Keywords: Metalloprotease; Endoprotease Thr-N; Enzymatic specificity; Digestive enzyme; Snail (Achatina);

An electrochemical investigation of ligand-binding abilities of film-entrapped myoglobin by Wenjun Zhang; Chunhai Fan; Yuting Sun; Genxi Li (29-32).
Film-entrapped myoglobin exhibits well-defined electrochemistry which, upon ligand binding, displays a titratable redox potential shift. This effect has been observed to be highly dependent on the charged state of involved films. We have demonstrated that this approach may act as a model system for studies of molecular recognition between proteins and ligands.
Keywords: Protein film voltammetry; Myoglobin; Imidazole;

Effects induced by hydroxyl radicals on salmon calcitonin: a RP-HPLC, CD and TEM study by Maria Cristina Gaudiano; Marco Diociaiuti; Paola Bertocchi; Luisa Valvo (33-40).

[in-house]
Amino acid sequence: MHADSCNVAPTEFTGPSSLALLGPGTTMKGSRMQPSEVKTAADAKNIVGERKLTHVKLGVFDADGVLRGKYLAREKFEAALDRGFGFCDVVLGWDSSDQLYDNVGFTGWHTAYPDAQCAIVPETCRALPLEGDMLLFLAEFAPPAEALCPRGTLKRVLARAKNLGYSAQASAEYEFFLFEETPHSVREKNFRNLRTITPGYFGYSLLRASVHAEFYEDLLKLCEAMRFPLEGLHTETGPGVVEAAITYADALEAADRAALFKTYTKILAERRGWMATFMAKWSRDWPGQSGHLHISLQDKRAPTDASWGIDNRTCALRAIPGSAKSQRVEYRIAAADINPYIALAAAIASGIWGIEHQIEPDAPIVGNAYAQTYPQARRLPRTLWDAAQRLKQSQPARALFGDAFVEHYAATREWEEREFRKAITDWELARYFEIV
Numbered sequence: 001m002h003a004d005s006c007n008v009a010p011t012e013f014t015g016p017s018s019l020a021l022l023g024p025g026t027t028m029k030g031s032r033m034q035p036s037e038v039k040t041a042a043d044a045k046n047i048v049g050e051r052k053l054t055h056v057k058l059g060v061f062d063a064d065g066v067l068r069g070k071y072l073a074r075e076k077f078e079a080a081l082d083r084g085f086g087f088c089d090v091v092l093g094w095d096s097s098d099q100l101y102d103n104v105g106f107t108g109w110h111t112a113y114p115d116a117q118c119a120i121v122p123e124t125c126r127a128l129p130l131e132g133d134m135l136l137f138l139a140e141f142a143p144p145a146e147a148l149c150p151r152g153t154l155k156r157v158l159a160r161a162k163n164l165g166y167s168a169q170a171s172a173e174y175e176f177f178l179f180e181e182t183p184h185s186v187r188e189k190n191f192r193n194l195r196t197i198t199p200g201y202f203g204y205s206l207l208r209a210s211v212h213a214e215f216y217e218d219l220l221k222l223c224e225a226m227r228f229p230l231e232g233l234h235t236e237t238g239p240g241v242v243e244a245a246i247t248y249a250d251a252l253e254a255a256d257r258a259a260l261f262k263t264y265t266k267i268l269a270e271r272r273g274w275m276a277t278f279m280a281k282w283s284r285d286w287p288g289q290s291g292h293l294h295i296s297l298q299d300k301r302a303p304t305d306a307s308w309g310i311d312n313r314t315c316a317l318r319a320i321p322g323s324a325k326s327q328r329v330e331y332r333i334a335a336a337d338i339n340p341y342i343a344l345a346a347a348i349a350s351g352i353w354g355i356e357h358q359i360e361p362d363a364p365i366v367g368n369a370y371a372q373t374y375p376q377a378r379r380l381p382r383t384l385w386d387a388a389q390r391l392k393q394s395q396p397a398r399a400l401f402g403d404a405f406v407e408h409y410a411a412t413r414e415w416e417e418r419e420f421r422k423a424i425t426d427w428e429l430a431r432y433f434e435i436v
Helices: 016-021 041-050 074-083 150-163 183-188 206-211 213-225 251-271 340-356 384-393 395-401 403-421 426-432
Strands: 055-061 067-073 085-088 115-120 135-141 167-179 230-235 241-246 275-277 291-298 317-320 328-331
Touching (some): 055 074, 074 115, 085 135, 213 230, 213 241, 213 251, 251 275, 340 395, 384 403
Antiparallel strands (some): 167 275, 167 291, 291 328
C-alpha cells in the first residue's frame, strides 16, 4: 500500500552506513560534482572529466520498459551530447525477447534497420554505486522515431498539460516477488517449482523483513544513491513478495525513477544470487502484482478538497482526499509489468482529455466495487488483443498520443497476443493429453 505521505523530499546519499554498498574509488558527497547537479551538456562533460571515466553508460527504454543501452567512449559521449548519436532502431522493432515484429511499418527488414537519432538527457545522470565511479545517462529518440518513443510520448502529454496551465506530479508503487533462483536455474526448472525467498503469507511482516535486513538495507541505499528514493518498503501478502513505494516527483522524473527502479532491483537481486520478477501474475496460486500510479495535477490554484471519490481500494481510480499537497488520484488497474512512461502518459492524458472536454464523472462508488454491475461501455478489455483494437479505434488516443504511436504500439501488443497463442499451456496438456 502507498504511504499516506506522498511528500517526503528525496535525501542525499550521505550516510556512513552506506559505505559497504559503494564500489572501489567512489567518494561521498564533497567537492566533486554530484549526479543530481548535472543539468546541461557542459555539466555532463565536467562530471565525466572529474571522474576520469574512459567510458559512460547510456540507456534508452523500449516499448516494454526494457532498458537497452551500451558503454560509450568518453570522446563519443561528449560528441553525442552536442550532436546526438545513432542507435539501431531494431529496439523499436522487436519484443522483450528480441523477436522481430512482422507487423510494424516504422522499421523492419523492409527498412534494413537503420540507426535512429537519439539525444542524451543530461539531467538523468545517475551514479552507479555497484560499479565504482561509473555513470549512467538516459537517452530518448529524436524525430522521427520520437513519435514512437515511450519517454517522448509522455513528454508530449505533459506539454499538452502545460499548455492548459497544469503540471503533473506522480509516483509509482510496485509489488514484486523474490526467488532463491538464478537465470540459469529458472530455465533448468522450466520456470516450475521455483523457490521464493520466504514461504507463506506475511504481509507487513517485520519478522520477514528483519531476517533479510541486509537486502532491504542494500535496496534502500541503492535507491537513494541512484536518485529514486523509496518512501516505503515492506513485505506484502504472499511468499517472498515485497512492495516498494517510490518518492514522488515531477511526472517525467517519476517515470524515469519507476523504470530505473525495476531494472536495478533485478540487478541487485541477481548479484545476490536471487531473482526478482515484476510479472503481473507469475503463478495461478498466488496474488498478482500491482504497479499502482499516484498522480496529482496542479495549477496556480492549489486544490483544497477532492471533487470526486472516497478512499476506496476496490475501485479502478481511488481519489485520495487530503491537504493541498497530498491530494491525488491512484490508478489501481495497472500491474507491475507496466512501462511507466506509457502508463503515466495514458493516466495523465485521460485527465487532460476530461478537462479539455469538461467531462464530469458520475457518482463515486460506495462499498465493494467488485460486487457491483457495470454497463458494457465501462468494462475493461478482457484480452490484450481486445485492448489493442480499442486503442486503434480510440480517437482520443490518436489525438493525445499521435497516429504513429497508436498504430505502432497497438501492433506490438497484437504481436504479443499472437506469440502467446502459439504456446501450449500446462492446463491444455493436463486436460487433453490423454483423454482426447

The effects of hydroxyl radical attack on a peptidic drug were studied in vitro. Different chemico-physical techniques were used to investigate structural damage induced by oxidative stress conditions in salmon calcitonin (sCT), a peptide hormone used in treating osteoporosis. Reversed-phase liquid chromatography (RP-HPLC), circular dichroism (CD) and transmission electron microscopy (TEM) were applied to measure formation of oxidation/degradation products and to reveal the conformational and ultrastructural modifications in the presence of OH· free radicals. Hydroxyl radicals were obtained from ferrous sulfate and ascorbic acid mixtures. The RP-HPLC results revealed the formation of new chromatographic peaks indicating a number of degradation/oxidation products formed in the presence of OH· free radicals. CD spectra showed slight protein conformational modifications as well as aggregation. TEM confirmed sCT aggregation and suggested the formation of fibrillar aggregates.